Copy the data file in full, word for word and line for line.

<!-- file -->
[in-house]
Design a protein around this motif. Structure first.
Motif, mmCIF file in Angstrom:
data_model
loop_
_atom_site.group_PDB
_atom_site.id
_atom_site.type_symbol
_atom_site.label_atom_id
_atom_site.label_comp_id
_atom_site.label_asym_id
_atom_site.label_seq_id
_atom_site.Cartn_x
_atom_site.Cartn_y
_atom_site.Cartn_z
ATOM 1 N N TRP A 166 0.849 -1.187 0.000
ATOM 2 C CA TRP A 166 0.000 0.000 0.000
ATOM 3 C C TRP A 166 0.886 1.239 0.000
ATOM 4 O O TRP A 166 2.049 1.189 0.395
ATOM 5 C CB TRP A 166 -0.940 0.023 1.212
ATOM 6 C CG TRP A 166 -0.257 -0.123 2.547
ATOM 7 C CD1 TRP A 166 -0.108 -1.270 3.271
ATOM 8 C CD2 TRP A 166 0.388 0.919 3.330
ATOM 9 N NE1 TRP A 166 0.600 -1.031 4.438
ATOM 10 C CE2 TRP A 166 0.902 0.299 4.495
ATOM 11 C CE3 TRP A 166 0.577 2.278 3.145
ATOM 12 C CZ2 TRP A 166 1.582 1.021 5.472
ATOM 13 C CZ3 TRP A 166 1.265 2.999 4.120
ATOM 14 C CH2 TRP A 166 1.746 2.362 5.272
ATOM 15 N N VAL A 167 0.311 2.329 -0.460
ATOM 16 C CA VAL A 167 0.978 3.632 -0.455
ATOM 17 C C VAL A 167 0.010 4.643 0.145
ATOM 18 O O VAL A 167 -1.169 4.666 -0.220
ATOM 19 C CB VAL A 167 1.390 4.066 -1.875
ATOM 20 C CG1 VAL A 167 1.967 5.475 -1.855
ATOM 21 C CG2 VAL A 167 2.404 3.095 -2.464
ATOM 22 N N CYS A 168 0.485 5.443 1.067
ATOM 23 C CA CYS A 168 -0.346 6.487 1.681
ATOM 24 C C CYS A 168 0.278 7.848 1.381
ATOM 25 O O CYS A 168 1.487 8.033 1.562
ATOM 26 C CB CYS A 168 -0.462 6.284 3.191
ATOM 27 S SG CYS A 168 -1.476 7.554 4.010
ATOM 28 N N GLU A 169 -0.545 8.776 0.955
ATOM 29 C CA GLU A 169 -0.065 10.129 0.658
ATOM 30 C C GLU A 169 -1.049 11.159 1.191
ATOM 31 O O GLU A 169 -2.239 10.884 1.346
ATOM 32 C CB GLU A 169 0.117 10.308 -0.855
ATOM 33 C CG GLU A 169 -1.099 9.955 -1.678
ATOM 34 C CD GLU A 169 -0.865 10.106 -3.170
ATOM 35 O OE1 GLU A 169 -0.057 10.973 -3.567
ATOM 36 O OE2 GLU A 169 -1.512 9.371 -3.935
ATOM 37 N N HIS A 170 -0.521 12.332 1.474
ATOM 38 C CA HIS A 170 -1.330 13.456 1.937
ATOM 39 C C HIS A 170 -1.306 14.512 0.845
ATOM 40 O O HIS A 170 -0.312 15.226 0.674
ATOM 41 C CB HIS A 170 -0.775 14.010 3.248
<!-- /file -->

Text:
[in-house]
Design a protein around this motif. Structure first.
Motif, mmCIF file in Angstrom:
data_model
loop_
_atom_site.group_PDB
_atom_site.id
_atom_site.type_symbol
_atom_site.label_atom_id
_atom_site.label_comp_id
_atom_site.label_asym_id
_atom_site.label_seq_id
_atom_site.Cartn_x
_atom_site.Cartn_y
_atom_site.Cartn_z
ATOM 1 N N TRP A 166 0.849 -1.187 0.000
ATOM 2 C CA TRP A 166 0.000 0.000 0.000
ATOM 3 C C TRP A 166 0.886 1.239 0.000
ATOM 4 O O TRP A 166 2.049 1.189 0.395
ATOM 5 C CB TRP A 166 -0.940 0.023 1.212
ATOM 6 C CG TRP A 166 -0.257 -0.123 2.547
ATOM 7 C CD1 TRP A 166 -0.108 -1.270 3.271
ATOM 8 C CD2 TRP A 166 0.388 0.919 3.330
ATOM 9 N NE1 TRP A 166 0.600 -1.031 4.438
ATOM 10 C CE2 TRP A 166 0.902 0.299 4.495
ATOM 11 C CE3 TRP A 166 0.577 2.278 3.145
ATOM 12 C CZ2 TRP A 166 1.582 1.021 5.472
ATOM 13 C CZ3 TRP A 166 1.265 2.999 4.120
ATOM 14 C CH2 TRP A 166 1.746 2.362 5.272
ATOM 15 N N VAL A 167 0.311 2.329 -0.460
ATOM 16 C CA VAL A 167 0.978 3.632 -0.455
ATOM 17 C C VAL A 167 0.010 4.643 0.145
ATOM 18 O O VAL A 167 -1.169 4.666 -0.220
ATOM 19 C CB VAL A 167 1.390 4.066 -1.875
ATOM 20 C CG1 VAL A 167 1.967 5.475 -1.855
ATOM 21 C CG2 VAL A 167 2.404 3.095 -2.464
ATOM 22 N N CYS A 168 0.485 5.443 1.067
ATOM 23 C CA CYS A 168 -0.346 6.487 1.681
ATOM 24 C C CYS A 168 0.278 7.848 1.381
ATOM 25 O O CYS A 168 1.487 8.033 1.562
ATOM 26 C CB CYS A 168 -0.462 6.284 3.191
ATOM 27 S SG CYS A 168 -1.476 7.554 4.010
ATOM 28 N N GLU A 169 -0.545 8.776 0.955
ATOM 29 C CA GLU A 169 -0.065 10.129 0.658
ATOM 30 C C GLU A 169 -1.049 11.159 1.191
ATOM 31 O O GLU A 169 -2.239 10.884 1.346
ATOM 32 C CB GLU A 169 0.117 10.308 -0.855
ATOM 33 C CG GLU A 169 -1.099 9.955 -1.678
ATOM 34 C CD GLU A 169 -0.865 10.106 -3.170
ATOM 35 O OE1 GLU A 169 -0.057 10.973 -3.567
ATOM 36 O OE2 GLU A 169 -1.512 9.371 -3.935
ATOM 37 N N HIS A 170 -0.521 12.332 1.474
ATOM 38 C CA HIS A 170 -1.330 13.456 1.937
ATOM 39 C C HIS A 170 -1.306 14.512 0.845
ATOM 40 O O HIS A 170 -0.312 15.226 0.674
ATOM 41 C CB HIS A 170 -0.775 14.010 3.248